Designing for Generation Z: How to Engage Today’s Super-Savvy Kids and Teens
Gen Z, the Internet Generation, the Post-Millennials, the Plurals — they’re hard to define, but most experts agree that the 69 million young people born between 1995 and 2012 are the largest and most diverse cohort in U.S. history.
Their normal is the old unconventional. They arrived at nursery school knowing how to pinch and swipe — not at fellow toddlers, but on touch screens. Many were born after the launch of Facebook, so their whole childhoods were posted online. They owned their first smartphones before their 11th birthdays, and spend up to nine hours a day consuming media, including two to four hours watching YouTube videos. With a spending power of more than $44 billion, they’re also the richest, and arguably the most vocal and open-minded generation ever.
Designers have to dig deep and work insightfully in order to craft brand messages, designs, and online experiences that will engage these savvy kids and teens. Adobe Creative Cloud for teams gives your organization the tools it needs to develop an authentic concept and bring it to millions of screens, but how do you and your clients effectively design for and market to Gen Z?
Understand the psychology.
To design effectively for any audience, a designer must first understand what makes them tick. Bailey Hancox, a researcher and designer at Designworks, recently conducted an in depth study into the mind of Gen Z and what makes them unique from other generations.
“Gen Z is the first generation to be born into a world where technology is so profoundly ingrained within the functions of society,” Hancox says. “They simply don’t know life without computers, smartphones, and gaming devices. Unlike Millennials, who take their problems to the Genius Bar, members of Gen Z look for solutions on their own and are completely capable of achieving them independently.”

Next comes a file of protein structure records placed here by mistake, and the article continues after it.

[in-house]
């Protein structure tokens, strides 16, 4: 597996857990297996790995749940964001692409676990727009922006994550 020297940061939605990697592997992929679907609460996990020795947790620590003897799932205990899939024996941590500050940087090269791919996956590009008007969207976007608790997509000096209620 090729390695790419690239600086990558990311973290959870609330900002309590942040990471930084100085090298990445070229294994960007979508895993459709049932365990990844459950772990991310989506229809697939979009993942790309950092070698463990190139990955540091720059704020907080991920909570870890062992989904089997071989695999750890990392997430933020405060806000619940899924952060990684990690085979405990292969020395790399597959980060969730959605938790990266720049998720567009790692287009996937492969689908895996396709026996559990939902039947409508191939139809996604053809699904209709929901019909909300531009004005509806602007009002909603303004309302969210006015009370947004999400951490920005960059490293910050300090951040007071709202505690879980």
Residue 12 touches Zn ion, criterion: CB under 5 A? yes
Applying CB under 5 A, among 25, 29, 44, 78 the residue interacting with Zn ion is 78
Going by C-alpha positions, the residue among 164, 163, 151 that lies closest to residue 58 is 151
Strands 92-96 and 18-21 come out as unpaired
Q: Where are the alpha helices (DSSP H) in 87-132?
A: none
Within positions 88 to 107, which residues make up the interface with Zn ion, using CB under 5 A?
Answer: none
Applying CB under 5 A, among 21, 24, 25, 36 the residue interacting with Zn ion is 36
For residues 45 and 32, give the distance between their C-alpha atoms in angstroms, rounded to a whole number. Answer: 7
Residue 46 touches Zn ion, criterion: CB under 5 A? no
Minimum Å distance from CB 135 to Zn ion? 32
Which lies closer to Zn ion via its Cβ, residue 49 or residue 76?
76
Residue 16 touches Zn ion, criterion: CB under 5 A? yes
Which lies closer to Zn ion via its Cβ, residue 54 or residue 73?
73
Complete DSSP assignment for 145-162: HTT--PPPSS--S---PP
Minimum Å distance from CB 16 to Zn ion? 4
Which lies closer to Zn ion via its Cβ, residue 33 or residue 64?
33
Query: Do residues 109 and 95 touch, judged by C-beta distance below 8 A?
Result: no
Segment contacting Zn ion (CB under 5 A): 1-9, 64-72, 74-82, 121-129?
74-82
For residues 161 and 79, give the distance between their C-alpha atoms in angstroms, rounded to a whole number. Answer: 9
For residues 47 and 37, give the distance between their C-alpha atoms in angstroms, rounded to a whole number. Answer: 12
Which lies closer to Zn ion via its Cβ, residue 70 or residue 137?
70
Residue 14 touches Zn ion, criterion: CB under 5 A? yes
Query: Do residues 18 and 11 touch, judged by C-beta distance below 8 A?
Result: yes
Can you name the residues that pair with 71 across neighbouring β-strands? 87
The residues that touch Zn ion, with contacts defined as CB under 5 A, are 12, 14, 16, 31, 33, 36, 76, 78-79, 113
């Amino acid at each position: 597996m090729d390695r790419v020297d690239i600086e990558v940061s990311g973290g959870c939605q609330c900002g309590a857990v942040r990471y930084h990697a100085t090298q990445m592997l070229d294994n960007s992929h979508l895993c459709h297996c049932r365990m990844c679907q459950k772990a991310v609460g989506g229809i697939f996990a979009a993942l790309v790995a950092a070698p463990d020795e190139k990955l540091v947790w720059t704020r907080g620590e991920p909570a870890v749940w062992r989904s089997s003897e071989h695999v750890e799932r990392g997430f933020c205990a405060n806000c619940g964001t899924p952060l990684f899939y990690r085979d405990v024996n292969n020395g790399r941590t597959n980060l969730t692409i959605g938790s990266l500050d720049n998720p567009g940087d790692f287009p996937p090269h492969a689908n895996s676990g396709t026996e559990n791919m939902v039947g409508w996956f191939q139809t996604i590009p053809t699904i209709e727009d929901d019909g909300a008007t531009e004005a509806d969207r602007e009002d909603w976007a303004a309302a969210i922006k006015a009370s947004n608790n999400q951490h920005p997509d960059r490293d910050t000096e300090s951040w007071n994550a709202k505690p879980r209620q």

With this in mind, designers can alter the way they approach Gen Z-related projects. “Since Gen Z has such a level of self-direction and purpose, brands can present designs as a way to empower this generation to be the best versions of themselves,” Hancox says.
Messages should feel personal.
“Kids in Gen Z are changing so fast, you almost have to say something individualized to each of them,” Nick Iannitti, director of communications at Fuel Youth says. “There’s a real brand fickleness, so you’ve got to provide experiences that will stick.”
Since Gen Z operates in a world of constant communication with friends and family, your designs should feel like something that comes from a close friend, not a nameless company. Incorporate casual, everyday language, and even slang into your projects.
Embrace bright colors.
Gen Z lives for color. “Bright, colorful surprises can grab their attention early and keep it,” Iannitti says.
When designing for this age group, anything and everything goes. Embrace trends like neon gradients and mixed patterns. Be fearless as you experiment with new color combinations and unexpected partnerships in texture and hue. If it catches your eye and makes you look twice, it will do the same for Gen Z.